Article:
The high cost of real estate in the District has been an impediment to many potential homebuyers, especially millennials. But now some D.C. Council members are hoping to make home ownership a little more affordable by reducing some taxes buyers pay when they record a property with the city.
Earlier this month, the council’s Finance and Revenue Committee discussed the possibility of lowering the transfer and recordation tax for home sales over $400,000. Supporters of the proposal say it could help spur some young renters into becoming buyers.
Currently, the transfer and recordation tax for a home priced above $400,000 is 1.45 percent — the highest in the metropolitan area. Homes that are listed at $399,999 or less are subject to a tax of 1.1 percent.
Council members Jack Evans (D-Ward 2) and David Grosso (I-At Large), who co-introduced the bill last year, said they were hopeful that the recordation tax could be brought down to 1.1 percent across the board. “The recordation tax for homes above $400,000 was raised during a financial crisis the city had, but I can’t remember why we haven’t lowered it since the crisis ended,” said Evans, who chairs the Finance and Revenue Committee. “It should have come down again.”
The median owner-occupied home price in 2013 for the District was $445,200, according to U.S. census data.
Transfer and recordation taxes are taxes imposed by a city or state to record the deed of sale or a mortgage on a home. Often the tax goes to the city or state treasury, which is why the tax was raised during a financial crisis.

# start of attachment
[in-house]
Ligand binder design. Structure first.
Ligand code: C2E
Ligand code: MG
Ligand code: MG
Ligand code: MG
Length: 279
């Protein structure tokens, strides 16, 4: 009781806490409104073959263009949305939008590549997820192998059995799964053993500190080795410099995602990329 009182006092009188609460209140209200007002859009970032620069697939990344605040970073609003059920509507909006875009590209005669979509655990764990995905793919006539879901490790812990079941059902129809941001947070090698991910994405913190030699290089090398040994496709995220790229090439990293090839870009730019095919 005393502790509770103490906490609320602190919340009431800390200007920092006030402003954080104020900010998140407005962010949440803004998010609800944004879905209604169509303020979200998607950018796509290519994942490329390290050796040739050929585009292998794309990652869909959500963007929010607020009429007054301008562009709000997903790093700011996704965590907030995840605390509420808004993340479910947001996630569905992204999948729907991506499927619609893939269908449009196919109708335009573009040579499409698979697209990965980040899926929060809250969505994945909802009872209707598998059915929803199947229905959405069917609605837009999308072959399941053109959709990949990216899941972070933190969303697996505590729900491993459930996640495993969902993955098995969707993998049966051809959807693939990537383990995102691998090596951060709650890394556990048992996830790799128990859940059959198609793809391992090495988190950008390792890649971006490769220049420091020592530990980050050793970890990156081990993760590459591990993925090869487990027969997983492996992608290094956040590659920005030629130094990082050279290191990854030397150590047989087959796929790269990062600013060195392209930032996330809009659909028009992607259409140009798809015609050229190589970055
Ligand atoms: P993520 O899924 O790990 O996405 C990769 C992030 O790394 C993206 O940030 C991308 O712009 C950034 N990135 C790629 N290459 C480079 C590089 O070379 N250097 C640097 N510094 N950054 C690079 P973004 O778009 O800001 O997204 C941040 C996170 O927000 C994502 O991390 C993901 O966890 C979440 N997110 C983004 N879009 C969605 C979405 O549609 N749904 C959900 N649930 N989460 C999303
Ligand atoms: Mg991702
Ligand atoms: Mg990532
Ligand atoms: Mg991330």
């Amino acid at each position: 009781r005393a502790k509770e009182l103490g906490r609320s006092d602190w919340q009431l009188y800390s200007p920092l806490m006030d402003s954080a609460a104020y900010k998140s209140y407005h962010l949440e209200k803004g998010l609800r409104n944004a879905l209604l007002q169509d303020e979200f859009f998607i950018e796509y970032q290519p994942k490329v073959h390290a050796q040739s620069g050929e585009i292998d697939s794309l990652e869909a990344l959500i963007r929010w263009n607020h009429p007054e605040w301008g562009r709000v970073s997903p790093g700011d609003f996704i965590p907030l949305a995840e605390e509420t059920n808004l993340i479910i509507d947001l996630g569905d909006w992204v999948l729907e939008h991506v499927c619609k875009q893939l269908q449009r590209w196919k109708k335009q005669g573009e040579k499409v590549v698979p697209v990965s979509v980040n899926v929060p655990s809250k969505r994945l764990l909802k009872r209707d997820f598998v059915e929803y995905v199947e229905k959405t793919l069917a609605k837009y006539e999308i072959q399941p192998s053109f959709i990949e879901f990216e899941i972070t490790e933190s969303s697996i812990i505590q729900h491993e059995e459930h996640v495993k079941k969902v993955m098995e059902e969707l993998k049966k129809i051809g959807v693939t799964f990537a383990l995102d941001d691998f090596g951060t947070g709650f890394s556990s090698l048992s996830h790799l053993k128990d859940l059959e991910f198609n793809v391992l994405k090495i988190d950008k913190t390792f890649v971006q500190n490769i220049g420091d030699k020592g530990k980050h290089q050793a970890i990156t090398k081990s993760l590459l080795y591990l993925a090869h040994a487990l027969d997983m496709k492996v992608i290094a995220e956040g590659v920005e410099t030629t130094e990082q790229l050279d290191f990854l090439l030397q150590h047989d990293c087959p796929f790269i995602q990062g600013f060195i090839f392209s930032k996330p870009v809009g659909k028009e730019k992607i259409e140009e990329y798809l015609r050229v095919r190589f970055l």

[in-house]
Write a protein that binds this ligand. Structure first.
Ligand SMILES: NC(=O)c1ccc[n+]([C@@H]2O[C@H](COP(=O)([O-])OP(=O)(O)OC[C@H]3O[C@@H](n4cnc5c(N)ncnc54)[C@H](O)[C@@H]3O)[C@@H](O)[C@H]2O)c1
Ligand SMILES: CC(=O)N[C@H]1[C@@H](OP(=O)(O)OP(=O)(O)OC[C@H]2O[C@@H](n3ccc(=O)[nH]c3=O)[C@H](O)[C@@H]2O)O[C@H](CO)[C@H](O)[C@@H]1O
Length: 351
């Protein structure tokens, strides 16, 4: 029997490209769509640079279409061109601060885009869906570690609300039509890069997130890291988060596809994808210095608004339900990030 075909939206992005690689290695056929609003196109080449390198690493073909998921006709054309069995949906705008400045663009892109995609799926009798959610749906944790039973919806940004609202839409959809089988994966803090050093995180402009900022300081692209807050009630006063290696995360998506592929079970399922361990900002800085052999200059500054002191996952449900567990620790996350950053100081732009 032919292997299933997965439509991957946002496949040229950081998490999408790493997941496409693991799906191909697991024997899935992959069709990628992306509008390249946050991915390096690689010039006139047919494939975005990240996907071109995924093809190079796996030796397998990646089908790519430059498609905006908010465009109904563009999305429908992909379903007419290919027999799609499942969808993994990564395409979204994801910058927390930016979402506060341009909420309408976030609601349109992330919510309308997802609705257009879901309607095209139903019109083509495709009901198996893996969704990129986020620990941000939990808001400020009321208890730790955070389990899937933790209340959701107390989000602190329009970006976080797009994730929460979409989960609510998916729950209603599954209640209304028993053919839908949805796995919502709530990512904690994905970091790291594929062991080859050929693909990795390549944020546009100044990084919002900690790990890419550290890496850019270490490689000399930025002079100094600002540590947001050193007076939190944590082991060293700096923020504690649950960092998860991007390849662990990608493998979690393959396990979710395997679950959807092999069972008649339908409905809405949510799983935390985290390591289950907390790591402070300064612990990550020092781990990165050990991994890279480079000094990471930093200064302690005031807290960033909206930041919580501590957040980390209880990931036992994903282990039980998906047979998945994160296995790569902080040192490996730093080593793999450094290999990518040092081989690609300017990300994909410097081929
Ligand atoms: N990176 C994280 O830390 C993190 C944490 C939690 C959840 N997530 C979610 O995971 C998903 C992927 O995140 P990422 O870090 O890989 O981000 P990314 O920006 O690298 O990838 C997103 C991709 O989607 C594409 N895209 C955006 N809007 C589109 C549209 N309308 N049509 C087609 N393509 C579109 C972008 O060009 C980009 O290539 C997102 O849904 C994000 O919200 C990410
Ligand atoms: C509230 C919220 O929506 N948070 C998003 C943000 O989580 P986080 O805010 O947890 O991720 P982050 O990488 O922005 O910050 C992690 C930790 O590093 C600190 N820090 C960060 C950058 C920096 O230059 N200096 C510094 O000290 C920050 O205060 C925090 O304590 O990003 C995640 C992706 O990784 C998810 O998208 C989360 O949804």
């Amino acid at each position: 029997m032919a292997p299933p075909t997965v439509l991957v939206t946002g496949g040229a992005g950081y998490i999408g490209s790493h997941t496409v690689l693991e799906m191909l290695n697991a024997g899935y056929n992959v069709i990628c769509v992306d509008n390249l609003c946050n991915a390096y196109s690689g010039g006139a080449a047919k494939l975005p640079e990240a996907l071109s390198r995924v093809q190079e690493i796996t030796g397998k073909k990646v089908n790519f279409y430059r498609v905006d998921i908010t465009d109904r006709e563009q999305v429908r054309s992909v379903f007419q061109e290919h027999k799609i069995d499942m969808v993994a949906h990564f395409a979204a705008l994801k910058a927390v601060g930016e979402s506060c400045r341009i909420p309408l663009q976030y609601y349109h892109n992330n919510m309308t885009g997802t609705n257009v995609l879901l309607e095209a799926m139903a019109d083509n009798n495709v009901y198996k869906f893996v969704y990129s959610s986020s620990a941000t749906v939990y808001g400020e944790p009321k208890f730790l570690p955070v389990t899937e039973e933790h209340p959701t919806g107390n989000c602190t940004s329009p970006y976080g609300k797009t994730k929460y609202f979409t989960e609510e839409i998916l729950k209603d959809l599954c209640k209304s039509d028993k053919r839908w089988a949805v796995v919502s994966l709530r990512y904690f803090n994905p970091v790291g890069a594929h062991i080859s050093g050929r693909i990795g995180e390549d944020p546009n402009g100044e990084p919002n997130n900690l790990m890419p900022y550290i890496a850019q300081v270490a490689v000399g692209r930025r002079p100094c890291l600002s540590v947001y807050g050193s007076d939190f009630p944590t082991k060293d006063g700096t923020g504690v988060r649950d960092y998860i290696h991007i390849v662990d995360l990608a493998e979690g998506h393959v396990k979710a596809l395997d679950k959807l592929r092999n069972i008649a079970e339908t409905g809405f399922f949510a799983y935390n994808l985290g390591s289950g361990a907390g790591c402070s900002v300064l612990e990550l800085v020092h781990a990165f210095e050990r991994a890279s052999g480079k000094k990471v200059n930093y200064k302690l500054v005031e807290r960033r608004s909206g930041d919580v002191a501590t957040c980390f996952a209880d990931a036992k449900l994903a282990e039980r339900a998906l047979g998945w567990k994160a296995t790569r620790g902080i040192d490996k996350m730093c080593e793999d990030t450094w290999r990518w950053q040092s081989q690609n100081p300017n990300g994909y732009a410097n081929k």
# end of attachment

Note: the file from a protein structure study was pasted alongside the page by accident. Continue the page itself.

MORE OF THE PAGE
According to the DC Association of Realtors (DCAR), the District has the second highest recordation tax in the country, surpassed only by Manhattan. Many real estate agents testifying in favor of the bill said it would help people afford now pricey areas in the city, such as U Street corridor in Ward 1.
“Creating these tax benefits for homebuyers in D.C. would have a profound effect on the real estate in Ward 1,” said Bonnie Roberts-Burke, an agent who lives and sells properties in the area. “The area is too expensive for people I like to call the ‘save the world people.’ The people who run nonprofits and are in the middle class.”
However, some members of the community have concerns. Council member Elissa Silverman (I-At Large) agreed with the intent of the bill, according to her opening statement, but stopped short of supporting it. She referenced a New York Times article that asserted that many people in that city purchased houses, not because of the tax incentive in place, but because they were going to anyway.
Similar questions were raised by Elizabeth Falcon, who testified on behalf of the Coalition for Nonprofit Housing and Economic Development (CNHED). She reiterated that the recordation tax was used to help the Housing Production Trust Fund (HPTF) create affordable housing throughout all eight wards in the city. However, Mayor Muriel Bowser (D) has promised $100 million to the fund in fiscal year 2016.
“We need to focus on the spectrum of housing in the city,” said Ed Krauze, chief executive of DCAR. “We have worked with HPTF to make sure lower-end housing is available, but it is time we get people who live in apartments in the city to move into homes in the city. This bill is the first step to make us competitive with our Maryland and Virginia neighbors.”
Only 42 to 44 percent of residents in D.C. are homeowners, said Krauze.
Evans and Grosso are finalizing the bill, and are working to finish it before the budget for fiscal 2016 is complete.